What’s Fair?

Harry Reid just gave a speech on the Senate floor designed to placate Democrats that were upset over the outcome of the debt ceiling debate.

In the speech, Reid stressed some words that I find interesting. One, “fairness”. He used “fair” or a derivative of the word at least ten times. He also said it was the role of government to create jobs.

What’s fair exactly? Fair is different depending on the individual. Economics professors call it “normative” economics. Normative economics places value judgements on policy. Those judgements are subject to change. In cases of income, you might call it the politics of envy.

Here is an example; How much is enough money? Depending on who you ask, and which geographical location, you will get a range of answers. Pollsters have determined $250,000 per year is a lot of money to most of the public, and this is why Obama hammers on that number.

Here is another one; What’s a correct hourly wage? That all depends on a lot of factors. It’s subjective. The bulk of government policies are all subjective. They want to pick and choose winners and losers. The power doesn’t reside in the market, but with the person in the position.

Contrast that with what’s known as “positive economics”. Positive economics are concepts that can be quantified and proven, just like a scientific method. Everyone meets the same minimum standard.

Here is an example: Raising the minimum wage increases unemployment.
It can be shown both graphically

and anecdotally that raising the minimum wage creates unemployment. It’s a simple statement of fact.

That’s why the only way to have a fair tax code is to set some standard, and have everyone regardless of income, class, gender, marital status or any other category you want to include, meet the same standard. A flat tax is ideal.

Is it fair to tax billionaires more than anyone else? Who creates more jobs, billionaires or government? Give you a hint. You elect them with your pocketbook.

Who should pay more in taxes, Steve Jobs or a minimum wage worker? Is that fair? Even if they paid the same rate, Steve Jobs would pay far more in tax than the minimum wage worker. Jobs through all his companies creates far more jobs in an hour than one minimum wage worker will create in their lifetime.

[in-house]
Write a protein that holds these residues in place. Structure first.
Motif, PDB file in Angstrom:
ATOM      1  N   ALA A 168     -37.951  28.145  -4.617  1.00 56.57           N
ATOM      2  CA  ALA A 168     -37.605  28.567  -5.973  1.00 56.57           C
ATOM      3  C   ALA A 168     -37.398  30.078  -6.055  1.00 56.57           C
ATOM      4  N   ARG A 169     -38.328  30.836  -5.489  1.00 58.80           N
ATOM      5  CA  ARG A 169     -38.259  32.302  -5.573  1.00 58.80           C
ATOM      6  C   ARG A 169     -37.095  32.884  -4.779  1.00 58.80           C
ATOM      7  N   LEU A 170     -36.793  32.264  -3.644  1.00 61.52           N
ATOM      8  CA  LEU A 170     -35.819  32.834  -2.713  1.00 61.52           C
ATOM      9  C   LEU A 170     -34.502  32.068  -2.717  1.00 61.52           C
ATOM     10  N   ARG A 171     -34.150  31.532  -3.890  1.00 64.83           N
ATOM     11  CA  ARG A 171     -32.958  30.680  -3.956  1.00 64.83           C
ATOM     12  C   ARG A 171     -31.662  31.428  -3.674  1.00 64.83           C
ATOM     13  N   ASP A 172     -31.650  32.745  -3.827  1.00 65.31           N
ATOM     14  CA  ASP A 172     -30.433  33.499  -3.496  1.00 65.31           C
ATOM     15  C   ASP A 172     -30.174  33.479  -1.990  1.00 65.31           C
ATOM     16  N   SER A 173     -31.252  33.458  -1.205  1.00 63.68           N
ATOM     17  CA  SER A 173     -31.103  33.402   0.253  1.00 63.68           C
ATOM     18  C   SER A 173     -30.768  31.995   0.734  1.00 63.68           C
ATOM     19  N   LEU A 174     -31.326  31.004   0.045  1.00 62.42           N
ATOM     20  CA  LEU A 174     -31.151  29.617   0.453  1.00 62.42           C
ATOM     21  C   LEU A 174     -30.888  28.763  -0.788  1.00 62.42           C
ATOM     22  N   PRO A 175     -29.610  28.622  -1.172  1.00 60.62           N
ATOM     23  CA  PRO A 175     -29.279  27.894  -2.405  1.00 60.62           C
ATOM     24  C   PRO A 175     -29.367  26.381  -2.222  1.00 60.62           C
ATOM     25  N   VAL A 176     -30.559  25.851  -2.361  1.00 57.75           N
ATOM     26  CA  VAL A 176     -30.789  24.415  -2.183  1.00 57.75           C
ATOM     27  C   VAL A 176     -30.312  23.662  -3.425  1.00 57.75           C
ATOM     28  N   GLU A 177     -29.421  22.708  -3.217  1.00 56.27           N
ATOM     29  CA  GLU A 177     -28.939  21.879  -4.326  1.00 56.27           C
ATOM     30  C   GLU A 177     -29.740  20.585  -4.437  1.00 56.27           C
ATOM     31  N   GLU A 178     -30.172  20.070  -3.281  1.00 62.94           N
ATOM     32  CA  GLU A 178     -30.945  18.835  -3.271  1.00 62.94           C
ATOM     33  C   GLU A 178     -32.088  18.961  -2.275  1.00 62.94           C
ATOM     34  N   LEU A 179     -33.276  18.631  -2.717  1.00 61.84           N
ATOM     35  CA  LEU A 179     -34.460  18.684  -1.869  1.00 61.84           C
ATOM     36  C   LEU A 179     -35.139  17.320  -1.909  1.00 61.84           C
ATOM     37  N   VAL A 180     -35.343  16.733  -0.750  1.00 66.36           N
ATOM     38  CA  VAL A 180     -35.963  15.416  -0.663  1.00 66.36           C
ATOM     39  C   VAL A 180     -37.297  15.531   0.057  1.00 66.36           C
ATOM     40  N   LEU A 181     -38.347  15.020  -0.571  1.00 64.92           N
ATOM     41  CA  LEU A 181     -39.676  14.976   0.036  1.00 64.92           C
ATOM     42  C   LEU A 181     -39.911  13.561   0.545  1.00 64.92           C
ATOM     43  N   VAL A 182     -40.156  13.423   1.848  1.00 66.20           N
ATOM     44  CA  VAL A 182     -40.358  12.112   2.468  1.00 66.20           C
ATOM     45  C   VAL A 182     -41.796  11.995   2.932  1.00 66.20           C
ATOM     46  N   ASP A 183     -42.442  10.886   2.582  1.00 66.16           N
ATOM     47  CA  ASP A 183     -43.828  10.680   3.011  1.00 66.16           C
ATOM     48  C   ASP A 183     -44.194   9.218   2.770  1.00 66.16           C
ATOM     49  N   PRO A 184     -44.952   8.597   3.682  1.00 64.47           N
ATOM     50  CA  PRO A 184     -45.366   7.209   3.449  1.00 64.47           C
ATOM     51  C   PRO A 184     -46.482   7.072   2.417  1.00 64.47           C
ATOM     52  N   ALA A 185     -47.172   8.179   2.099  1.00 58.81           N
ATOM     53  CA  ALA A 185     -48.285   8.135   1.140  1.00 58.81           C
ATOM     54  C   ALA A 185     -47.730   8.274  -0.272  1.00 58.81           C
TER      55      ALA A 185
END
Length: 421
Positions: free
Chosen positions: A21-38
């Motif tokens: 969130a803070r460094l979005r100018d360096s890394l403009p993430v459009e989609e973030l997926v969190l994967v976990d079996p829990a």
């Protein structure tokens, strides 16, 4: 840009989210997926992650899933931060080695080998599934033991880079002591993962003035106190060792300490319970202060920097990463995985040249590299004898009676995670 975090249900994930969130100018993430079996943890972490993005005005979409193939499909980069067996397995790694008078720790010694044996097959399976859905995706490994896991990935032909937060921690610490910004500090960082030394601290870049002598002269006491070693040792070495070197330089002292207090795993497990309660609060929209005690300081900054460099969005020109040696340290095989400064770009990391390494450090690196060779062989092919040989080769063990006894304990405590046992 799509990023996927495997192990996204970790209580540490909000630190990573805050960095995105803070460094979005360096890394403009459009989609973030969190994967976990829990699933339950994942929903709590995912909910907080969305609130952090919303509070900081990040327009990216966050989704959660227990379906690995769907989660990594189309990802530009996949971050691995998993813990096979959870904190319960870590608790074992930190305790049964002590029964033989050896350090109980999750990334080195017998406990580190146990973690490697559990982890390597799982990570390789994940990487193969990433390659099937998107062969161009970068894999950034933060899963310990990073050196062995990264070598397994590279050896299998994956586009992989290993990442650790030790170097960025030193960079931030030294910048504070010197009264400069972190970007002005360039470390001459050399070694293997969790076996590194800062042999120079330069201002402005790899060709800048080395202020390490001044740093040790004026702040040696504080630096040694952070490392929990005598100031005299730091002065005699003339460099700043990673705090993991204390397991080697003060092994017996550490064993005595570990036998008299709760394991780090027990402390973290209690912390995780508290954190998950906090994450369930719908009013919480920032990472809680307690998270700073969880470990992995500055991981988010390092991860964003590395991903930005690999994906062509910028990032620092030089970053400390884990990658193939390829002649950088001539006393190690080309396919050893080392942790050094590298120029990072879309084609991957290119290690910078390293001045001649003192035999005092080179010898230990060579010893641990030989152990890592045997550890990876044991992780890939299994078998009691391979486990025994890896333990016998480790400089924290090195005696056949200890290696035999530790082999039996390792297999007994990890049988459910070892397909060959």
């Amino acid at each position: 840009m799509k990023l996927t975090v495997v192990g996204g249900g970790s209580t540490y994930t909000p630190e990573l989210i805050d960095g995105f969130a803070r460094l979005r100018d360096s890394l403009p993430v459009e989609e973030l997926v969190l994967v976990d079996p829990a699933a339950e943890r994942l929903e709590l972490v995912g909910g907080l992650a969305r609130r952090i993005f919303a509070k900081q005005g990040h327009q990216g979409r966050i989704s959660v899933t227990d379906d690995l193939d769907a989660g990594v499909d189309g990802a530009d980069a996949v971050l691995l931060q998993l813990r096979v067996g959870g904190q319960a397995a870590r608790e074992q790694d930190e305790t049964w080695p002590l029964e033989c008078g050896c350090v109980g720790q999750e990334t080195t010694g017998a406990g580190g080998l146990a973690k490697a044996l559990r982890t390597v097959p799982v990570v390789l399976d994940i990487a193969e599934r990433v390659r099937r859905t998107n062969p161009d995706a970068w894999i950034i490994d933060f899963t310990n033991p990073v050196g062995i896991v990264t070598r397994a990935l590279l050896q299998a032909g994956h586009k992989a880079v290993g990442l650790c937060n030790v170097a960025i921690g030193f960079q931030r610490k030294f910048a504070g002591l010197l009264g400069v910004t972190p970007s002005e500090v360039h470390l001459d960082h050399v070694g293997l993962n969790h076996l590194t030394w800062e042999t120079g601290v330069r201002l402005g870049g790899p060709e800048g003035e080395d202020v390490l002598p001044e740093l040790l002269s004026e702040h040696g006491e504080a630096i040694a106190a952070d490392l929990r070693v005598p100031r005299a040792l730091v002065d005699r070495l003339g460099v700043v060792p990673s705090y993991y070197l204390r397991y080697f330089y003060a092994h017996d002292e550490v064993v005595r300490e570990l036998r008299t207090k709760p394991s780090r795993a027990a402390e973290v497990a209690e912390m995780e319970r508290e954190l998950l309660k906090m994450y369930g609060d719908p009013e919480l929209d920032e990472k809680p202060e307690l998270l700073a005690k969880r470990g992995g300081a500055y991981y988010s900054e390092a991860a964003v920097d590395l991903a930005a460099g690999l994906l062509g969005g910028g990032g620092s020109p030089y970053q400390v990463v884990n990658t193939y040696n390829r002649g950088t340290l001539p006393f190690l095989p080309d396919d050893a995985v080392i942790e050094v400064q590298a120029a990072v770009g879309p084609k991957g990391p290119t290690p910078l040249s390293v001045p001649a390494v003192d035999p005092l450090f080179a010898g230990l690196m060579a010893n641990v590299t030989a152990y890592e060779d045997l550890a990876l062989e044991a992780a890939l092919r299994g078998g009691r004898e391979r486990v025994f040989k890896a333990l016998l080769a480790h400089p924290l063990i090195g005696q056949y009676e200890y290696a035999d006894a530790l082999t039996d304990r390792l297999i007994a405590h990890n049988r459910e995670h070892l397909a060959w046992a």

Governments don’t create jobs. They need to facilitate the creation of jobs by the private sector. Governments do this with flat taxes, low regulation, and by simply staying out of the way. As President Reagan said, the worst words you could hear are, “I am from the government and I am here to help.”.

If Democrats and some Republicans were truly worried about creating jobs, they would strip out all the horribly toxic regulation we have today and amend the tax code like this: End all subsidies and write offs, flat tax everyone the same at 15%.

You’d see jobs created like you dreamed of. With all the economic growth, government coffers would be over flowing.

That would be fair.

follow me on Twitter

Like us on Facebook

  • Anon

    Your point and link to the article that compares government job creation and private sector job creation is misleading. The author of that article is pointing out that the government cannot create private sector jobs. This is correct. However they have created many public sector jobs in that time. The other day a story was circulating about how much cash Apple has on hand. Even with all of this cash they are not doing any significant hiring. HSBC is planning to lay off 30000 people even though banks received the majority of the stimulus money. Why do you think giving corporation more cash via tax breaks will lead to them adding jobs. Hint. It won’t

    • don

      public jobs can only be provided up to a point. then the underlying private sector cannot foot the bill. Hint. that is where we are today. Apple is a rare business right now. Most are struggling under regulation and taxation. my small firm of 13 saw my Illinois IDES(first quarter) go from $800 to $10,000. Sorry guys–no raise or bonuses

      • Anon


        Your point about Illinois taxes is understood.  I am focusing more on Federal spending.  Jeff says Apple has no economic incentive to hire.  The reason that any business would hire more personel is increased demand for their products or services.  In a balance sheet recession and during times of high unemployment people consume less so the demand for goods and services falls.  This causes more people to lose jobs which creates a potential feedback loop.  Government spending, either by tax reductions or actual dollars spent (both of these inject money into the private sector) is necessary to fill the void in demand and break the loop.